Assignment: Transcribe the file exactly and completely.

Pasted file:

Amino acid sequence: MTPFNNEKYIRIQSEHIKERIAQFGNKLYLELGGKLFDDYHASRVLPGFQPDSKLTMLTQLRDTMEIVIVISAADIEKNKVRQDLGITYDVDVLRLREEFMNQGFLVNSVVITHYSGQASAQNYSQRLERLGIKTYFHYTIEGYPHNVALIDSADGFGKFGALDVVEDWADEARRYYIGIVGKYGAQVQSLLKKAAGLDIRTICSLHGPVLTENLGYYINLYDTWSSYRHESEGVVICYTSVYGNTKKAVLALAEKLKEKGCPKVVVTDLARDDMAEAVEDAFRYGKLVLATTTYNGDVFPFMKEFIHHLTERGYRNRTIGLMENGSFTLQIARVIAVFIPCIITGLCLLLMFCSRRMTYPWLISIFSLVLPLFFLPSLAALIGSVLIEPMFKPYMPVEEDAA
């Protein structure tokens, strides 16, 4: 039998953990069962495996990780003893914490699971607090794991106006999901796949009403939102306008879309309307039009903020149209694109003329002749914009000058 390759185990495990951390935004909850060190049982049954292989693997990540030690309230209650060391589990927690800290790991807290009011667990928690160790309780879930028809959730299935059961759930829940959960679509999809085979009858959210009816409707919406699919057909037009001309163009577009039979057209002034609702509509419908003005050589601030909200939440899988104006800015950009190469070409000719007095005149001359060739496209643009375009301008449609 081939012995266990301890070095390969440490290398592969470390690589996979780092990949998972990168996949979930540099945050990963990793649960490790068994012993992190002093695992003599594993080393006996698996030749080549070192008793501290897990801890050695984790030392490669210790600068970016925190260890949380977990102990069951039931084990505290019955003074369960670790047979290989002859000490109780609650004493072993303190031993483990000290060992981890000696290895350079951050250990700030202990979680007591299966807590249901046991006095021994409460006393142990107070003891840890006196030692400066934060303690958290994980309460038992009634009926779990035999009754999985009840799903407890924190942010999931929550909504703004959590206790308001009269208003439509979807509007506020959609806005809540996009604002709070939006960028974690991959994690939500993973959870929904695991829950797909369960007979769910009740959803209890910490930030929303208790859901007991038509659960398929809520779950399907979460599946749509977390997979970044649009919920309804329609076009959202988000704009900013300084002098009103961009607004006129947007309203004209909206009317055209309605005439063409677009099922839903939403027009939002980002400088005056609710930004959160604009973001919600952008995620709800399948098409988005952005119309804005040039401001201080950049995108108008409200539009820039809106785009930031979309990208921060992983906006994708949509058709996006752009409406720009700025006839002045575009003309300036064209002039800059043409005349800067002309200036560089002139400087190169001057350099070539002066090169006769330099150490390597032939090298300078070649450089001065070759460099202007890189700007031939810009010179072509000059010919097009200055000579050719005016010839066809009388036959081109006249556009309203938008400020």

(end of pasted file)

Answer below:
Amino acid sequence: MTPFNNEKYIRIQSEHIKERIAQFGNKLYLELGGKLFDDYHASRVLPGFQPDSKLTMLTQLRDTMEIVIVISAADIEKNKVRQDLGITYDVDVLRLREEFMNQGFLVNSVVITHYSGQASAQNYSQRLERLGIKTYFHYTIEGYPHNVALIDSADGFGKFGALDVVEDWADEARRYYIGIVGKYGAQVQSLLKKAAGLDIRTICSLHGPVLTENLGYYINLYDTWSSYRHESEGVVICYTSVYGNTKKAVLALAEKLKEKGCPKVVVTDLARDDMAEAVEDAFRYGKLVLATTTYNGDVFPFMKEFIHHLTERGYRNRTIGLMENGSFTLQIARVIAVFIPCIITGLCLLLMFCSRRMTYPWLISIFSLVLPLFFLPSLAALIGSVLIEPMFKPYMPVEEDAA
């Protein structure tokens, strides 16, 4: 039998953990069962495996990780003893914490699971607090794991106006999901796949009403939102306008879309309307039009903020149209694109003329002749914009000058 390759185990495990951390935004909850060190049982049954292989693997990540030690309230209650060391589990927690800290790991807290009011667990928690160790309780879930028809959730299935059961759930829940959960679509999809085979009858959210009816409707919406699919057909037009001309163009577009039979057209002034609702509509419908003005050589601030909200939440899988104006800015950009190469070409000719007095005149001359060739496209643009375009301008449609 081939012995266990301890070095390969440490290398592969470390690589996979780092990949998972990168996949979930540099945050990963990793649960490790068994012993992190002093695992003599594993080393006996698996030749080549070192008793501290897990801890050695984790030392490669210790600068970016925190260890949380977990102990069951039931084990505290019955003074369960670790047979290989002859000490109780609650004493072993303190031993483990000290060992981890000696290895350079951050250990700030202990979680007591299966807590249901046991006095021994409460006393142990107070003891840890006196030692400066934060303690958290994980309460038992009634009926779990035999009754999985009840799903407890924190942010999931929550909504703004959590206790308001009269208003439509979807509007506020959609806005809540996009604002709070939006960028974690991959994690939500993973959870929904695991829950797909369960007979769910009740959803209890910490930030929303208790859901007991038509659960398929809520779950399907979460599946749509977390997979970044649009919920309804329609076009959202988000704009900013300084002098009103961009607004006129947007309203004209909206009317055209309605005439063409677009099922839903939403027009939002980002400088005056609710930004959160604009973001919600952008995620709800399948098409988005952005119309804005040039401001201080950049995108108008409200539009820039809106785009930031979309990208921060992983906006994708949509058709996006752009409406720009700025006839002045575009003309300036064209002039800059043409005349800067002309200036560089002139400087190169001057350099070539002066090169006769330099150490390597032939090298300078070649450089001065070759460099202007890189700007031939810009010179072509000059010919097009200055000579050719005016010839066809009388036959081109006249556009309203938008400020």